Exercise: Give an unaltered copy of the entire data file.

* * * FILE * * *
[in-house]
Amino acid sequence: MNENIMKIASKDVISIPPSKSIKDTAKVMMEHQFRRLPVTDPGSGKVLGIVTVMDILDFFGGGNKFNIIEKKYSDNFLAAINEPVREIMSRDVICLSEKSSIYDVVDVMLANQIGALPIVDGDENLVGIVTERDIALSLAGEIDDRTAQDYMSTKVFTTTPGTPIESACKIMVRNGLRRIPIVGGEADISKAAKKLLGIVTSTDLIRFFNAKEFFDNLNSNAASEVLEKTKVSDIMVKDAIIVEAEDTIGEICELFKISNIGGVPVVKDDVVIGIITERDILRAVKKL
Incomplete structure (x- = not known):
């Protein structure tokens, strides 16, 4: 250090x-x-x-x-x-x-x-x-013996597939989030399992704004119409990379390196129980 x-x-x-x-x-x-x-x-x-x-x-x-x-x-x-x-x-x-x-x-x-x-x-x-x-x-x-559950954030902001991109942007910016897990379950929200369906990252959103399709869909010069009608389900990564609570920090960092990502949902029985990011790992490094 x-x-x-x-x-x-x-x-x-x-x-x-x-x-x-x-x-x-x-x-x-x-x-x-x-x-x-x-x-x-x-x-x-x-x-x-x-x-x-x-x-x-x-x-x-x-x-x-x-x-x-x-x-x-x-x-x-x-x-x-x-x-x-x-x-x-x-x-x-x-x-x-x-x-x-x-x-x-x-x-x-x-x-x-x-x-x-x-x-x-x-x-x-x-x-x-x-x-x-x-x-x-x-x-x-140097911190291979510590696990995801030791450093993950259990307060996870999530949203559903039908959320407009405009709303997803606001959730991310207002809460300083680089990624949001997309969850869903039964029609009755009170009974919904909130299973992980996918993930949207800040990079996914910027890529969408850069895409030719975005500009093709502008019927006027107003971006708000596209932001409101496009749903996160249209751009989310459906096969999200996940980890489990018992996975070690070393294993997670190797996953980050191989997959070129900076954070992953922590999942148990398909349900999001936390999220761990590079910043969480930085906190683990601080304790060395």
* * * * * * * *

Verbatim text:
[in-house]
Amino acid sequence: MNENIMKIASKDVISIPPSKSIKDTAKVMMEHQFRRLPVTDPGSGKVLGIVTVMDILDFFGGGNKFNIIEKKYSDNFLAAINEPVREIMSRDVICLSEKSSIYDVVDVMLANQIGALPIVDGDENLVGIVTERDIALSLAGEIDDRTAQDYMSTKVFTTTPGTPIESACKIMVRNGLRRIPIVGGEADISKAAKKLLGIVTSTDLIRFFNAKEFFDNLNSNAASEVLEKTKVSDIMVKDAIIVEAEDTIGEICELFKISNIGGVPVVKDDVVIGIITERDILRAVKKL
Incomplete structure (x- = not known):
């Protein structure tokens, strides 16, 4: 250090x-x-x-x-x-x-x-x-013996597939989030399992704004119409990379390196129980 x-x-x-x-x-x-x-x-x-x-x-x-x-x-x-x-x-x-x-x-x-x-x-x-x-x-x-559950954030902001991109942007910016897990379950929200369906990252959103399709869909010069009608389900990564609570920090960092990502949902029985990011790992490094 x-x-x-x-x-x-x-x-x-x-x-x-x-x-x-x-x-x-x-x-x-x-x-x-x-x-x-x-x-x-x-x-x-x-x-x-x-x-x-x-x-x-x-x-x-x-x-x-x-x-x-x-x-x-x-x-x-x-x-x-x-x-x-x-x-x-x-x-x-x-x-x-x-x-x-x-x-x-x-x-x-x-x-x-x-x-x-x-x-x-x-x-x-x-x-x-x-x-x-x-x-x-x-x-x-140097911190291979510590696990995801030791450093993950259990307060996870999530949203559903039908959320407009405009709303997803606001959730991310207002809460300083680089990624949001997309969850869903039964029609009755009170009974919904909130299973992980996918993930949207800040990079996914910027890529969408850069895409030719975005500009093709502008019927006027107003971006708000596209932001409101496009749903996160249209751009989310459906096969999200996940980890489990018992996975070690070393294993997670190797996953980050191989997959070129900076954070992953922590999942148990398909349900999001936390999220761990590079910043969480930085906190683990601080304790060395």